Christ preached turning the other cheek, doing good to those who persecute you, and loving your enemies. At the Sermon on the Mount, he reminded us that the meek will inherit the earth and that peacemakers shall be called children of God. With all these teachings on peace, what does that mean for Catholics who want to serve in the military?
That was a question in the fifth century when pagan warriors began defeating the armies of an increasingly Christian Roman Empire. Christians previously had largely avoided serving in the legions. The impression was that even if Christians served, they would be weak soldiers with their beliefs in peace and love.
When Rome was sacked in 410, the blame of Christians became intense. St. Augustine responded, arguing in his book, City of God, that not only could Christians take up the sword, but they would also be the best soldiers. This was because Christians would fight only in just wars. They would fight only for defense and only as a last resort. Moreover, Augustine insisted that the way Christians waged war would also be just. They would wage war only against combatants and would not endanger civilian populations. They would not be needlessly cruel and would be proportionate in the scale and severity of their attacks.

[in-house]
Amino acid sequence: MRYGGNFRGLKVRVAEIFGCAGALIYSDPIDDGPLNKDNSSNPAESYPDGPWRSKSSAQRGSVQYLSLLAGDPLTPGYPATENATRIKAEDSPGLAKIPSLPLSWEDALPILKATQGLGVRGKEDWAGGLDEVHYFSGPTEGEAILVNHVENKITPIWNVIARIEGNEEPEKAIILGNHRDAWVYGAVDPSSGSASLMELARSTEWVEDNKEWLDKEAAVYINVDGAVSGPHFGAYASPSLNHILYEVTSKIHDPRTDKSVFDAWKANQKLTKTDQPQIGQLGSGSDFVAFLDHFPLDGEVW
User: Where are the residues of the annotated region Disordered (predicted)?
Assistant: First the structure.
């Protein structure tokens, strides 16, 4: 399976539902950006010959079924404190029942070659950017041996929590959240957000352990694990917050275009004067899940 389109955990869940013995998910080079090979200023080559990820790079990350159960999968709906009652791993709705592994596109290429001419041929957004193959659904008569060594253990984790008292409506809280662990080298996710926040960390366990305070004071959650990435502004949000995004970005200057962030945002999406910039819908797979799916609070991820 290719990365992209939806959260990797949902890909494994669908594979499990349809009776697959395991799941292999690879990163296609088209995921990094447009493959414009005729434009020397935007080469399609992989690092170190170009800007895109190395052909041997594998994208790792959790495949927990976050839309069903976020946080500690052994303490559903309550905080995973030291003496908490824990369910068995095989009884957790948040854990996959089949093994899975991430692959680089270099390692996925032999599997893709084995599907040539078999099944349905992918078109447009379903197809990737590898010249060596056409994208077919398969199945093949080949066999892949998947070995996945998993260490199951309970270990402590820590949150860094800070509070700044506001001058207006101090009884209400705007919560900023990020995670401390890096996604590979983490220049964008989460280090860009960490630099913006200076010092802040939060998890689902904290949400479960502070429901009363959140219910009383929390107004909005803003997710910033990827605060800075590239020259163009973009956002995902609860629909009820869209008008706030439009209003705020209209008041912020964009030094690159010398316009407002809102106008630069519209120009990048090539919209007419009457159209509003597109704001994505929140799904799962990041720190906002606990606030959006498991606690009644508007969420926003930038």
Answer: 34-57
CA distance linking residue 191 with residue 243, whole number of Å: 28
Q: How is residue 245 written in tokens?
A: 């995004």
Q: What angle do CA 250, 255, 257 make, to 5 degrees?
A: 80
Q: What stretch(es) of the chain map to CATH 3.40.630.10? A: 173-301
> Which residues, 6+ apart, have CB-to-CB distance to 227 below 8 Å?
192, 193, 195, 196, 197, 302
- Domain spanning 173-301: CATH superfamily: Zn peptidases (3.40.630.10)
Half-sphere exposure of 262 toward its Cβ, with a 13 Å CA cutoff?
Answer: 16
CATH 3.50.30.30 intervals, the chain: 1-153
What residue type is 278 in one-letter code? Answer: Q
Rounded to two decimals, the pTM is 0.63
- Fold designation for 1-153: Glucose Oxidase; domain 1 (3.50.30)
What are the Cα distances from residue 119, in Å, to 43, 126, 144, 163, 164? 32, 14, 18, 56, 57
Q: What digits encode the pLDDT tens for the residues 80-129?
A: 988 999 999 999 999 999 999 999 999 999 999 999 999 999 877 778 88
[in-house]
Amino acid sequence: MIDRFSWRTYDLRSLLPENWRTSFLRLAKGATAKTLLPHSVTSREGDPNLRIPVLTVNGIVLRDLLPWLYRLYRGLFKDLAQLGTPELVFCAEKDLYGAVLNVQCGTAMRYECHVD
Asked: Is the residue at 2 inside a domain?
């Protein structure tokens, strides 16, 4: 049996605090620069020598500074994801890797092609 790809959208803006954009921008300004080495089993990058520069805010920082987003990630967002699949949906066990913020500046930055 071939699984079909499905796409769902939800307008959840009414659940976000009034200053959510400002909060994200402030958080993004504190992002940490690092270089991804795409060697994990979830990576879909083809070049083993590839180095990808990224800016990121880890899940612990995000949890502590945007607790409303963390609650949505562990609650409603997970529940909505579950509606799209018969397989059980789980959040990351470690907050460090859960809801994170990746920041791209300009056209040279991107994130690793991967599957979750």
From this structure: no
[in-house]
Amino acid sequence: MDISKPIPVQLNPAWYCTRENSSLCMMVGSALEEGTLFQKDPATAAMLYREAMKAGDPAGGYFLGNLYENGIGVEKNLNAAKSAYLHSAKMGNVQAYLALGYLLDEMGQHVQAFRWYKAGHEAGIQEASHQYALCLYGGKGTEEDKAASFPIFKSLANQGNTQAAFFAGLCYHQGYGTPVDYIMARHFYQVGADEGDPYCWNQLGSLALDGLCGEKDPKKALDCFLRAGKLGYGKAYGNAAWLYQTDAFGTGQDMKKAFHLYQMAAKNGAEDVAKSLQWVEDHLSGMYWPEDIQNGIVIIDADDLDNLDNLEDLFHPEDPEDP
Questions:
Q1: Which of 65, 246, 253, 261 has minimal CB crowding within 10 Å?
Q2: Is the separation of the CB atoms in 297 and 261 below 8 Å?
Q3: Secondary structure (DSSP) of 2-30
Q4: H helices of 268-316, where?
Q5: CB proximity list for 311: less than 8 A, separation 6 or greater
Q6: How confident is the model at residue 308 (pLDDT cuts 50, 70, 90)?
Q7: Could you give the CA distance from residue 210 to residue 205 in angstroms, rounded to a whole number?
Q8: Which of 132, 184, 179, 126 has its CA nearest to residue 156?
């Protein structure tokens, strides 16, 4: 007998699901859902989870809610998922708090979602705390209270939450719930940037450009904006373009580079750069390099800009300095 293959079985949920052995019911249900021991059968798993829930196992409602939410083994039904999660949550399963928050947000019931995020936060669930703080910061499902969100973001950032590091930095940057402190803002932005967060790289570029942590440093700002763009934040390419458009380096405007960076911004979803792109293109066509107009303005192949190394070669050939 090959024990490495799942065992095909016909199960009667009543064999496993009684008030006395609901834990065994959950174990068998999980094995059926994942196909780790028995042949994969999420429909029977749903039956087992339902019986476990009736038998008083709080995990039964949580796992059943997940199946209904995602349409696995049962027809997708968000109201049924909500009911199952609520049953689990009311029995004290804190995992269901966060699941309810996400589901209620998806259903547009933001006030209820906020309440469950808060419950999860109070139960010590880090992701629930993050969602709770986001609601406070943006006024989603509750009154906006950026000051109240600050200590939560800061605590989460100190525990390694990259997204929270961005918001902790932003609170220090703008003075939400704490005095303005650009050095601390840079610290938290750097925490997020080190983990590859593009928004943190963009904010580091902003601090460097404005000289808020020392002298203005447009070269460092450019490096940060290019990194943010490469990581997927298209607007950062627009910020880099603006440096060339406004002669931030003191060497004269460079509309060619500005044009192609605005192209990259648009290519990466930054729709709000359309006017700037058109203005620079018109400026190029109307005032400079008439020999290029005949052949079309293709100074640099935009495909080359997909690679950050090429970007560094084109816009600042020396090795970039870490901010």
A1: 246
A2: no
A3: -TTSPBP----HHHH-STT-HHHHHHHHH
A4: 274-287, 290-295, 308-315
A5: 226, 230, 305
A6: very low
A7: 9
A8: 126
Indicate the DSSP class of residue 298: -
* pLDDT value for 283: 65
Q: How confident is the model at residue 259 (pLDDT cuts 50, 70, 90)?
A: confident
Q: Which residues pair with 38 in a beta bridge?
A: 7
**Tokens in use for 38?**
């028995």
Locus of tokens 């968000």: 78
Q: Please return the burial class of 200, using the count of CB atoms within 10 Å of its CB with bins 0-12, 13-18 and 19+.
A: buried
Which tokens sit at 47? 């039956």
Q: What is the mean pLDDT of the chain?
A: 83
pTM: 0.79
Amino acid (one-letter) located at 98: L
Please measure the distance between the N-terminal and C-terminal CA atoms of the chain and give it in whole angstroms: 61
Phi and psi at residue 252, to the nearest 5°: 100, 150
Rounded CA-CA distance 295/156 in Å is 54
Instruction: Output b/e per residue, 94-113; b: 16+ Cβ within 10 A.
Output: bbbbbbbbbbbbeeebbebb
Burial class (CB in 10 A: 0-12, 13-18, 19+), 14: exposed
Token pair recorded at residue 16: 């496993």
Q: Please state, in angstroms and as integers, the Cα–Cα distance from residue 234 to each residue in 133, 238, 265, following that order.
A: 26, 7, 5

In the centuries since Augustine, his reflections about Christian soldiers have grown into what the church calls just war theory. These teachings include the humane treatment of prisoners, limiting collateral damage, what types of weapons are permitted, how to handle imminent threats, and much more.
Peacebuilding still recognizes a need for militaries and military service.
However, the church’s beliefs are now changing. Beginning with Pope St. John XXIII’s Pacem in Terris (Peace on Earth), papal teachings began shifting toward an approach called peacebuilding. This teaching reasons that wars are never justified. Pope St. John Paul II wrote to President George W. Bush that the Iraq War could not be justified. Pope Benedict XVI questioned whether any war could be called just. Pope Francis, speaking in Hiroshima last November, reiterated the arguments of his predecessors.
Peacebuilding does not necessarily mean Catholicism will become a peace church, embracing pacifism like the Mennonites and Quakers. Peacebuilding still recognizes a need for militaries and military service. This need is not to win wars, however. The function of militaries should be to establish conditions for conflict resolution and later for truth-telling, accountability, restorative justice, and reconciliation.
Weapons of mass destruction have no place. Military action should be not only defensive but also limited to actions that promote and hasten conflict resolution. And with conflict resolution, the hardest work of military forces begins: engaging in constructing and promoting the conditions necessary for restorative justice to enable reconciliation. In this, Catholics can be good soldiers, guided by their faith—not to wage war but to wage peace.